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The Challenge Of PTSD

Many people in Indiana might have heard references in news stories or other conversations about a condition commonly referred to as PTSD. The official name of this syndrome is Posttraumatic Stress Disorder. The PTSD Alliance indicates that signs of this condition were evidenced as early as the 1800s but it was not until the 1980s that the problem was officially recognized as a medical condition. 

It is believed that as many as seven million people in the United States experience or struggle with PTSD. As many as eight percent of adults may develop the condition over the course of their lifetime. While individual scenarios may be unique, people with PTSD share one thing and that is the fact that they have experienced firsthand some sort of traumatic or extraordinarily stressful events.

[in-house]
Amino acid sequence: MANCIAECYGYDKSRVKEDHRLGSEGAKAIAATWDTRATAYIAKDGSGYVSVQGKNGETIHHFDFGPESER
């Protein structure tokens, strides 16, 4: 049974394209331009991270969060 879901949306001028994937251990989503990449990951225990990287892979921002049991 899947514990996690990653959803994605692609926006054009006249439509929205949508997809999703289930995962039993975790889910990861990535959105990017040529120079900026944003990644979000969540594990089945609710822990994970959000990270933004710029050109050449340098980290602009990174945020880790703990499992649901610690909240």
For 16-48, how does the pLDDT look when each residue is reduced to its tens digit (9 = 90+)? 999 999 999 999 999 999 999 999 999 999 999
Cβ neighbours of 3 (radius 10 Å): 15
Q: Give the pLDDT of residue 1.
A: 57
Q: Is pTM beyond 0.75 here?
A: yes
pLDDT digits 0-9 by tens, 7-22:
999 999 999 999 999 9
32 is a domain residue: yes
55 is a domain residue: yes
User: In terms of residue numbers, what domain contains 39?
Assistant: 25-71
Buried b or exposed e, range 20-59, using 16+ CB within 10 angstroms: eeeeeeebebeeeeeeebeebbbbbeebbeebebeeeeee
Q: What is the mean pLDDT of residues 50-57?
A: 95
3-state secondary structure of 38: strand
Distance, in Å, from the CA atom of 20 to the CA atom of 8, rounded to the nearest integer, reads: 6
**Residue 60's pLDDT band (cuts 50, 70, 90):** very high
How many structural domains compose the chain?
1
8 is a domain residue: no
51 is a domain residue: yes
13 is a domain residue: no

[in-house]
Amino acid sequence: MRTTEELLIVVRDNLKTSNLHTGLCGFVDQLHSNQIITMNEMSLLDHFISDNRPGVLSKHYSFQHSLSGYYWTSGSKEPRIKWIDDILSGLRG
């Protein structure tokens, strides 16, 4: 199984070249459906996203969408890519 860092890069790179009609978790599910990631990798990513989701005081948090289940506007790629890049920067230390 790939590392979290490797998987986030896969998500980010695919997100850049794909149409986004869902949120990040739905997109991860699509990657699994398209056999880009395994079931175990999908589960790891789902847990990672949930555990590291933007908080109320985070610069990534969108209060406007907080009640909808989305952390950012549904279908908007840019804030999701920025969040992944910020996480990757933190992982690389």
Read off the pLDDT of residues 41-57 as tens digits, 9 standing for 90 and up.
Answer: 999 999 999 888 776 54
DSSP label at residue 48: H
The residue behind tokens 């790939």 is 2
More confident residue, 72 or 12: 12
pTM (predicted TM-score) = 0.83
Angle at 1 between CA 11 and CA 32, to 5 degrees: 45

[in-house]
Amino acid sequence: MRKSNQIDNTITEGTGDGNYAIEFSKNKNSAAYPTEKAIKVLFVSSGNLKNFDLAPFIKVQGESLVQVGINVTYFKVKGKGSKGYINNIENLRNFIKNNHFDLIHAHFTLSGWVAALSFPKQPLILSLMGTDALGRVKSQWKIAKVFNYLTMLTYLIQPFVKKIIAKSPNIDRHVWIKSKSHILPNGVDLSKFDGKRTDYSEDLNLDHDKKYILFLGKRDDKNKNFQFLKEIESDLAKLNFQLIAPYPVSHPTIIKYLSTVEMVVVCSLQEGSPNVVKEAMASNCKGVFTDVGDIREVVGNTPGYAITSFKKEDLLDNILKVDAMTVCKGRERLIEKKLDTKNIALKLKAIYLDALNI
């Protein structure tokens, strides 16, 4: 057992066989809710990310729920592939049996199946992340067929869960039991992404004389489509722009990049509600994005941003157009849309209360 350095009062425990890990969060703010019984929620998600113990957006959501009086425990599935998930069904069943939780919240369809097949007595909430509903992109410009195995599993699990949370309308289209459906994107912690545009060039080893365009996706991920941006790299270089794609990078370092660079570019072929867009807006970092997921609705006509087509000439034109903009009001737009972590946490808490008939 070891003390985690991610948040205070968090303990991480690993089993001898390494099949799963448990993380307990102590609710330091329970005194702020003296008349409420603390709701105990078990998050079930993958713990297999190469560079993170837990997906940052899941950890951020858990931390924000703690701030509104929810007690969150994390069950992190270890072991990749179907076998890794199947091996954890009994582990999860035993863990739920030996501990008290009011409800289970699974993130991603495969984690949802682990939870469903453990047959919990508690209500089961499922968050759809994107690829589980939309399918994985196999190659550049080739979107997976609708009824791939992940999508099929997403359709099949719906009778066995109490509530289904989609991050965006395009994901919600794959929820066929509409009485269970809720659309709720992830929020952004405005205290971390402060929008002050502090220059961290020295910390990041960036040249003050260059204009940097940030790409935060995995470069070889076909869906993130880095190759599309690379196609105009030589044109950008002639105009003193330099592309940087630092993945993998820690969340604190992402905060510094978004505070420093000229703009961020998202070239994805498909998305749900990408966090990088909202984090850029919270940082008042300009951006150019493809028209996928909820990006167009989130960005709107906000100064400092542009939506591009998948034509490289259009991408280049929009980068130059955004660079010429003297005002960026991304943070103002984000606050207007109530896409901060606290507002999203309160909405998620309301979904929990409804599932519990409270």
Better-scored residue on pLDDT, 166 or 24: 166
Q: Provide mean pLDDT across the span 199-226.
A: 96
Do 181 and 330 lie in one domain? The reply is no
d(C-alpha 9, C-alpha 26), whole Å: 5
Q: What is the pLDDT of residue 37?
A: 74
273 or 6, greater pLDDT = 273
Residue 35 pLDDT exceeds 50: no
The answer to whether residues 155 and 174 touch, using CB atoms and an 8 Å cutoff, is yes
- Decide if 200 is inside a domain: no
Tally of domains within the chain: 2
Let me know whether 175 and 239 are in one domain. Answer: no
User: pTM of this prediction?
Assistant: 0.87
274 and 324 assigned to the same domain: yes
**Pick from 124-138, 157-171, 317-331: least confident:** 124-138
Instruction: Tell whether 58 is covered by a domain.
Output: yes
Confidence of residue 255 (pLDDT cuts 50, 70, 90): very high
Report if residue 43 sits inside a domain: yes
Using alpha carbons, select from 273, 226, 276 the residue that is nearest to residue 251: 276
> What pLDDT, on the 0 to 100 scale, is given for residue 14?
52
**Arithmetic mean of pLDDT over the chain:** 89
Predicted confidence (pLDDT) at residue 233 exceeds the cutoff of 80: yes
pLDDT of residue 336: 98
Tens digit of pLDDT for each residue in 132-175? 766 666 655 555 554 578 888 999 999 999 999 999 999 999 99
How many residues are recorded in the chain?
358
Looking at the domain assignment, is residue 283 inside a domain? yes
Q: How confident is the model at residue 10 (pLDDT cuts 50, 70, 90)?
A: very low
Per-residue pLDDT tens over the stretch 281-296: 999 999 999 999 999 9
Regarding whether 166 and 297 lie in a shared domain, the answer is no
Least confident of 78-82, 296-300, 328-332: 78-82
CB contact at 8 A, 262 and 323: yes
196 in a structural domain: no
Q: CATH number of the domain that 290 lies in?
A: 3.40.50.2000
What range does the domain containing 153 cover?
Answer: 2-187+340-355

The American Psychiatric Association explains that PTSD symptoms may not be evident immediately after the original event but take months or years to display. Problems can be both emotional and physical and can last for a short time, like one month, or for multiple months or years. PTSD can impede a person’s ability to function properly in daily life and even prevent them from being able to work.

Posttraumatic Stress Disorder is commonly associated with people in the military who have lived through or witnessed the horrors of war. It is, however, not uncommon for people who have never served in the military to develop PTSD. PTSD patients may also have problems with their memory, struggle with substance abuse or live with depression.